Tag Archives: litcrit

RIP George Steiner (1929 – 2020)

An episode of Wim Kayzer‘s ‘Of Beauty and Consolation’ (2000) [the introduction is Dutch only, the rest of the interview is in English]

George Steiner was a Franco-American literary critic and essayist.

His anti-pornography essay “Night Words” (1965) was the first of his writings which came to my attention in my capacity as pornosopher in the early 2000s.

Although I did not agree with them, his points were well-written and intellectually interesting.


“My true quarrel with the Olympia Reader and the genre it embodies is not that so much of the stuff should be boring and abjectly written. It is that these books leave a man less free, less himself, than they found him; that they leave language poorer, less endowed with a capacity for fresh discrimination and excitement. It is not a new freedom that they bring, but a new servitude. In the name of human privacy, enough!”

But then again, he also found the pearls and showed an appreciation for Diderot, Crebillon fils, Verlaine, Swinburne and Apollinaire. Pornography as such is just not very interesting, it is only interesting where it intersects with other genres or with other domains of interest in meaningful ways. In that sense, it is very similar to other art forms.

I happened to read In Bluebeard’s Castle (1971) during last summer. I had discovered the work when researching the notion of Western guilt. The book features the much quoted dictum:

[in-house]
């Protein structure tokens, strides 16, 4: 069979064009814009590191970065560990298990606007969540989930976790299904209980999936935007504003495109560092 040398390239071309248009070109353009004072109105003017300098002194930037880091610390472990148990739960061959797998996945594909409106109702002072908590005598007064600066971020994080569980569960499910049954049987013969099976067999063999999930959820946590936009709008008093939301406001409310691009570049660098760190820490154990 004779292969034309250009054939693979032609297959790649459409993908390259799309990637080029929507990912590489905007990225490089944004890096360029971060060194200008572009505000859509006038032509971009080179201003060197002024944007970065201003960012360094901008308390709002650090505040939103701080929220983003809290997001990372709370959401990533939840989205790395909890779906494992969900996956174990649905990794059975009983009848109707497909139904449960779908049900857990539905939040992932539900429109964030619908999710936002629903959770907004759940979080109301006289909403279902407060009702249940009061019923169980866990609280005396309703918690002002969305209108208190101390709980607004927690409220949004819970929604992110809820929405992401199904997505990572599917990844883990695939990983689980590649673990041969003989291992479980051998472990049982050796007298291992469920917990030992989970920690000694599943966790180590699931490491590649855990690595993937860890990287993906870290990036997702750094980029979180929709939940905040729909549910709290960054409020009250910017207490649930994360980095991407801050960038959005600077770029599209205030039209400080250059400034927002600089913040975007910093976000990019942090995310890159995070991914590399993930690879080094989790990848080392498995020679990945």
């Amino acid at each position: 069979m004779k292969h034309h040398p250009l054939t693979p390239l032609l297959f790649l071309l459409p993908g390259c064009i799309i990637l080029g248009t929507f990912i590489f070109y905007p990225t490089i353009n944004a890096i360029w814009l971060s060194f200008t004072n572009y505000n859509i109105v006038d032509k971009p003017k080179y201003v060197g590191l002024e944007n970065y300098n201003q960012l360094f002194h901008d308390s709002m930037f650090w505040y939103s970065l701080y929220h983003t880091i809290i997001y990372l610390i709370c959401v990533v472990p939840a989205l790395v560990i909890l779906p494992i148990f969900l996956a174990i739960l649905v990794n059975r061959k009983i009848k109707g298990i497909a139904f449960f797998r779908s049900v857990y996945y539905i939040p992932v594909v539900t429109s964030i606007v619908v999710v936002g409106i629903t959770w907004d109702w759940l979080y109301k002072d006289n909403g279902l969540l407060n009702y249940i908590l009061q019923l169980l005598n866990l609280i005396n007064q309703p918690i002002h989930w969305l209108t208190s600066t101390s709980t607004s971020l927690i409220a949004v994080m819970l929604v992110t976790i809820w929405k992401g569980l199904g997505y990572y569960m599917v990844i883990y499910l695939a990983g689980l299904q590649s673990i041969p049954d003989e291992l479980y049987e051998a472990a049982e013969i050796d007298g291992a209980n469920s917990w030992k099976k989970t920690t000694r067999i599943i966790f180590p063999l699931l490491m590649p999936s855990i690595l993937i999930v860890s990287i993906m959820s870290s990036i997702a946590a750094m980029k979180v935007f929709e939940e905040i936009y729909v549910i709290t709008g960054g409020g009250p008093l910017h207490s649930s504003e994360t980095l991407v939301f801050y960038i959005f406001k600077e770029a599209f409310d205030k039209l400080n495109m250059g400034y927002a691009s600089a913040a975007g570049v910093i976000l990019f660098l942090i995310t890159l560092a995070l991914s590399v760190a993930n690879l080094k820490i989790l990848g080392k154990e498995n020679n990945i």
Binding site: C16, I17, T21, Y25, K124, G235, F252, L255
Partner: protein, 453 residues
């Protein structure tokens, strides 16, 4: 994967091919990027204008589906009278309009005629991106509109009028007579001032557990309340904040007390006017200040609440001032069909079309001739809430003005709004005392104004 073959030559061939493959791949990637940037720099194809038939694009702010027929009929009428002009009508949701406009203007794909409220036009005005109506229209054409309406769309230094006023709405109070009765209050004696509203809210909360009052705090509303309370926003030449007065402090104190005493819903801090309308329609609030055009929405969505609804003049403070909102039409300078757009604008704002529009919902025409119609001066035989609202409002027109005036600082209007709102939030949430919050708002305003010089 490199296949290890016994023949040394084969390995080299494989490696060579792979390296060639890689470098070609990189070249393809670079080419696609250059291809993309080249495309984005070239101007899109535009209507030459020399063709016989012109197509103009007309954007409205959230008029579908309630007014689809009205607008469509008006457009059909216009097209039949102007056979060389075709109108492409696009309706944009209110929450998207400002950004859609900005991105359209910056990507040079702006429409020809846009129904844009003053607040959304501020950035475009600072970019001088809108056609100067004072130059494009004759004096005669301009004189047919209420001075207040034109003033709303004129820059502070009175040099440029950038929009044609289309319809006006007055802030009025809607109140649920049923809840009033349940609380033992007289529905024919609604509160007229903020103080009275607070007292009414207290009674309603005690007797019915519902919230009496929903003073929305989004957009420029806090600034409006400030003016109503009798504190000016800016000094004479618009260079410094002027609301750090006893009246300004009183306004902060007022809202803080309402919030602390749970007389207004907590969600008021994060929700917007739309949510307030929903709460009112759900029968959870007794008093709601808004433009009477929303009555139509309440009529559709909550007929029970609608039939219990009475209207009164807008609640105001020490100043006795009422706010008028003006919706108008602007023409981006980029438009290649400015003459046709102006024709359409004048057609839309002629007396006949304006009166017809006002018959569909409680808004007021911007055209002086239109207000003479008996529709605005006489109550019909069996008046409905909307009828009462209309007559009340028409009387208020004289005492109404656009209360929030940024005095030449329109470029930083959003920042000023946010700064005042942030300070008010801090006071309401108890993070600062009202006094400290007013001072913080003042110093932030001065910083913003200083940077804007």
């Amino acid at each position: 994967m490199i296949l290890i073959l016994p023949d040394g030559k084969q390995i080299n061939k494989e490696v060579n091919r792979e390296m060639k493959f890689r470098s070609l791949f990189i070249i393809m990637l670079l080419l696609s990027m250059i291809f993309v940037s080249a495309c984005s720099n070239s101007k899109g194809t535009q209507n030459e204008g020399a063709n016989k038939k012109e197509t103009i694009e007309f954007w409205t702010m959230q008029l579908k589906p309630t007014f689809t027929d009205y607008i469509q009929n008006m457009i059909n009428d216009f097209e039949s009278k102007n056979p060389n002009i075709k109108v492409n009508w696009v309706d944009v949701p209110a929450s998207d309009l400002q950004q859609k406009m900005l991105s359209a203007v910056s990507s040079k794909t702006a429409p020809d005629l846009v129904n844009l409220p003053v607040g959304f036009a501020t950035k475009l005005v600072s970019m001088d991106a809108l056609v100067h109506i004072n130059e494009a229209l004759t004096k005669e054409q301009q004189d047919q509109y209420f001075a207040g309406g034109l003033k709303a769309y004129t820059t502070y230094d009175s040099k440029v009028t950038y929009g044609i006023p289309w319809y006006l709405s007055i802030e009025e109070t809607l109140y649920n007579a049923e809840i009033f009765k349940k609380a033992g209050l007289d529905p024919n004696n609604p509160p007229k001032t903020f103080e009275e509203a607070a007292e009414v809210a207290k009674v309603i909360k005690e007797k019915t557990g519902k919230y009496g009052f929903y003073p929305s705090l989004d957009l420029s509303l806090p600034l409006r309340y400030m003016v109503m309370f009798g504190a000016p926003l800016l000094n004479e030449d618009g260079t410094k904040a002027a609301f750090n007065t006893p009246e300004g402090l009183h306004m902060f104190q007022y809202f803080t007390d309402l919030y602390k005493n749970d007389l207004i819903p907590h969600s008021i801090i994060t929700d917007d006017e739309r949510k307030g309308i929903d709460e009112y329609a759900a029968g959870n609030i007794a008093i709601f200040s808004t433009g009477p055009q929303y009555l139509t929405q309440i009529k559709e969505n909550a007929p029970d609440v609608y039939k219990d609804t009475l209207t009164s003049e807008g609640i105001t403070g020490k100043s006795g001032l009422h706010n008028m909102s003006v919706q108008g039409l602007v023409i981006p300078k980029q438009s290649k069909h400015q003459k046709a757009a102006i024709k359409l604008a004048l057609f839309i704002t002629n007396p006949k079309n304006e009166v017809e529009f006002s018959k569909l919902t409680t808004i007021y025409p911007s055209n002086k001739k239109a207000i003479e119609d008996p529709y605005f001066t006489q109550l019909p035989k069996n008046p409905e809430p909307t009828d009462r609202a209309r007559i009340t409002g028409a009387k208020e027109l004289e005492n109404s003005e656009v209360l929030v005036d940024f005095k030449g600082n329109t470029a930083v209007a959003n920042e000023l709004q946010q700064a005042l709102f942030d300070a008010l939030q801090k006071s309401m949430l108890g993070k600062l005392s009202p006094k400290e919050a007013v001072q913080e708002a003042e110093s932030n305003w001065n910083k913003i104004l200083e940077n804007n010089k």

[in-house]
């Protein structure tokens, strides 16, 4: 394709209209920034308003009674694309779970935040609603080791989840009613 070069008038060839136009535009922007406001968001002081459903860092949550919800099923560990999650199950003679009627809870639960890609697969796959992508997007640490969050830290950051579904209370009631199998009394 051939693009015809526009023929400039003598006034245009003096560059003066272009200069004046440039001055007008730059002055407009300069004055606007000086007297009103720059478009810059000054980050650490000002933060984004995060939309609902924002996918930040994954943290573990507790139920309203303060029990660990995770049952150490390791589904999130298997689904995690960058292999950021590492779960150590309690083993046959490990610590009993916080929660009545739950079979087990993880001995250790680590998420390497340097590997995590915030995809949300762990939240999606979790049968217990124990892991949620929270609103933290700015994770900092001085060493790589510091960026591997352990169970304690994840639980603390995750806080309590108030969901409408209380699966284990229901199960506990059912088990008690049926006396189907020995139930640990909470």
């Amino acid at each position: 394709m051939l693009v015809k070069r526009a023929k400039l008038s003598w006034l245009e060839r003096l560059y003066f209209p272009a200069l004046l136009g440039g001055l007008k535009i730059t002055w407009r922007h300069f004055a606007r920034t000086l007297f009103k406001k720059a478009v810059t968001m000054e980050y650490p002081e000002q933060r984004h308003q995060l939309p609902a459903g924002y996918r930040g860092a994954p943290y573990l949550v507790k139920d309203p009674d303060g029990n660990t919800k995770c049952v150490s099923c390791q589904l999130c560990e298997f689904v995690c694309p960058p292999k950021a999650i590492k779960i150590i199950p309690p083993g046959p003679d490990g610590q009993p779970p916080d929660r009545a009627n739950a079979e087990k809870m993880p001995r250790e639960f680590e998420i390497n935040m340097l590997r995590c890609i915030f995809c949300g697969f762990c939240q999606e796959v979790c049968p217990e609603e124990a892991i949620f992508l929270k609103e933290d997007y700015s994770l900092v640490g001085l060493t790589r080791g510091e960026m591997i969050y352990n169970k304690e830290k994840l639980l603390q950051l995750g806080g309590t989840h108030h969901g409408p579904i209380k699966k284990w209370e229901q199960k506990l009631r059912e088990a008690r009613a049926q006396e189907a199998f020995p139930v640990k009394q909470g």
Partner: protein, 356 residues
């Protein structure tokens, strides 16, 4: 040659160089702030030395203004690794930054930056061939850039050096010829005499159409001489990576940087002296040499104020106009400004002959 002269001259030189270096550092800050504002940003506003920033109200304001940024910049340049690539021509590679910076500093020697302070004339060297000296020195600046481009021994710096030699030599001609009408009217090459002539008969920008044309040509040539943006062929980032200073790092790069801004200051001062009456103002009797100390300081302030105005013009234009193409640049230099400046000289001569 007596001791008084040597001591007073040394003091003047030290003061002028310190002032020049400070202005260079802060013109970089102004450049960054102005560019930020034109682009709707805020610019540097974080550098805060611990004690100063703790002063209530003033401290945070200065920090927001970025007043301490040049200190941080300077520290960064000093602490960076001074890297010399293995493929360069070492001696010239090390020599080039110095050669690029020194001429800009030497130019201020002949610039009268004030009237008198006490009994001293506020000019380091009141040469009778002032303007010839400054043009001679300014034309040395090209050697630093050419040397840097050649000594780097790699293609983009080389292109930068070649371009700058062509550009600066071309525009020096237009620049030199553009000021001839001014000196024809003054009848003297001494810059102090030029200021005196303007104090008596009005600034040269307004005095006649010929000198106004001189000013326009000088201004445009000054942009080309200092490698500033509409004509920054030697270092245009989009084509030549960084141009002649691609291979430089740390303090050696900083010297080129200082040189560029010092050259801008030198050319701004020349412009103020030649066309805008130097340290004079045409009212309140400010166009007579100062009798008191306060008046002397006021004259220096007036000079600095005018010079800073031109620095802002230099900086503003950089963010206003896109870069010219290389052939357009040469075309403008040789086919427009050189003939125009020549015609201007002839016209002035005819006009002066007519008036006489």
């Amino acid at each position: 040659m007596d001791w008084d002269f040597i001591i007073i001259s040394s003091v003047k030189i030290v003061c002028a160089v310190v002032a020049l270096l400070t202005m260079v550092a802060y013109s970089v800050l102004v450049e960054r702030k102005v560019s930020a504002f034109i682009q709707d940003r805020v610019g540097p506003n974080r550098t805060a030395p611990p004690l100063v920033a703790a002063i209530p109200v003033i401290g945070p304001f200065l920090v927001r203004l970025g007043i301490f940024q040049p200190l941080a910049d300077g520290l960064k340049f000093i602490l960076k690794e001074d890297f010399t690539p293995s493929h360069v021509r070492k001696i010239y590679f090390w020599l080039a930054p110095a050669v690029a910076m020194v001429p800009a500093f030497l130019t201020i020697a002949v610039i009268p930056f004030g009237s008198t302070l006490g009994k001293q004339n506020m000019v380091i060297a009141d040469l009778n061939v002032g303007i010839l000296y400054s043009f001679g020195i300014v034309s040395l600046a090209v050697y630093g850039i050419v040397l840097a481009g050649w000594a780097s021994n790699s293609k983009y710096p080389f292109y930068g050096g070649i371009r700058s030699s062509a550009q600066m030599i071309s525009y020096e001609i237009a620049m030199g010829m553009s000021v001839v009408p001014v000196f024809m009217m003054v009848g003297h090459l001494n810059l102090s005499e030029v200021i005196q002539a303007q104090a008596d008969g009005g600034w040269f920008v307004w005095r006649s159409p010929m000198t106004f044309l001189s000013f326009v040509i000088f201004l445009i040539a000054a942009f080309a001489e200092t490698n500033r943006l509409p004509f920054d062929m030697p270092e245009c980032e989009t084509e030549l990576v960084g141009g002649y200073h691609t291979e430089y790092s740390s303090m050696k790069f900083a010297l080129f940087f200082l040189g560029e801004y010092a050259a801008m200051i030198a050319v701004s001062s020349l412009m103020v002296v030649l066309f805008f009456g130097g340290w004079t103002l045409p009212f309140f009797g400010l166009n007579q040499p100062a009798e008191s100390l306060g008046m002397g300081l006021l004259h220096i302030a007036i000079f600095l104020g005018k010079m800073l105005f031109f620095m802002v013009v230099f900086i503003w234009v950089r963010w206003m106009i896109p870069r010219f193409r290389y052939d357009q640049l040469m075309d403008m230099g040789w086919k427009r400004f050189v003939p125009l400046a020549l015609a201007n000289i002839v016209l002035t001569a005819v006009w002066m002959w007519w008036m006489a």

“And it is true also that the very posture of self-indictment, of remorse in which much of educated Western sensibility now finds itself is again a culturally specific phenomenon. What other races have turned in penitence to those whom they once enslaved, what other civilizations have morally indicted the brilliance of their own past? The reflex of self-scrutiny in the name of ethical absolutes is, once more, a characteristically Western, post-Voltairian act.”

The book was on David Bowie’s Top 100 Books .

“By Allah, this story is my story and this case is my case”

Currently reading  De Zahir.

I’m currently reading  De Zahir.

One sentence in “The Garden of Forking Paths” by Jorge Luis Borges caught my attention.

“I remembered too that night which is at the middle of the Thousand and One Nights when Scheherazade (through a magical oversight of the copyist) begins to relate word for word the story of the Thousand and One Nights, establishing the risk of coming once again to the night when she must repeat it, and thus on to infinity…”

Marina Warner in Stranger Magic points to “Readings and Re-Readings of Night 602” by Evelyn Fishburn which identifies the night Borges refers to as the “Tale of the Two kings and the Wazir’s Daughters“.

“By Allah, this story is my story and this case is my case,” shouts the king when he finds out that Scheherazade is telling him his frame tale.

Again in the words of Borges (from “Magias parciales del Quijote“) in which he calls that night a “magic night among the nights”:

“The King hears his own story from the Queen’s mouth. He hears the beginning of the story, which embraces all the others as well as – monstrously – itself. Does the reader really understand the vast possibilities of that interpolation, the curious danger – that the Queen may persist and the Sultan, immobile, will hear forever the truncated story of A Thousand and One Nights, now infinite and circular?”[1]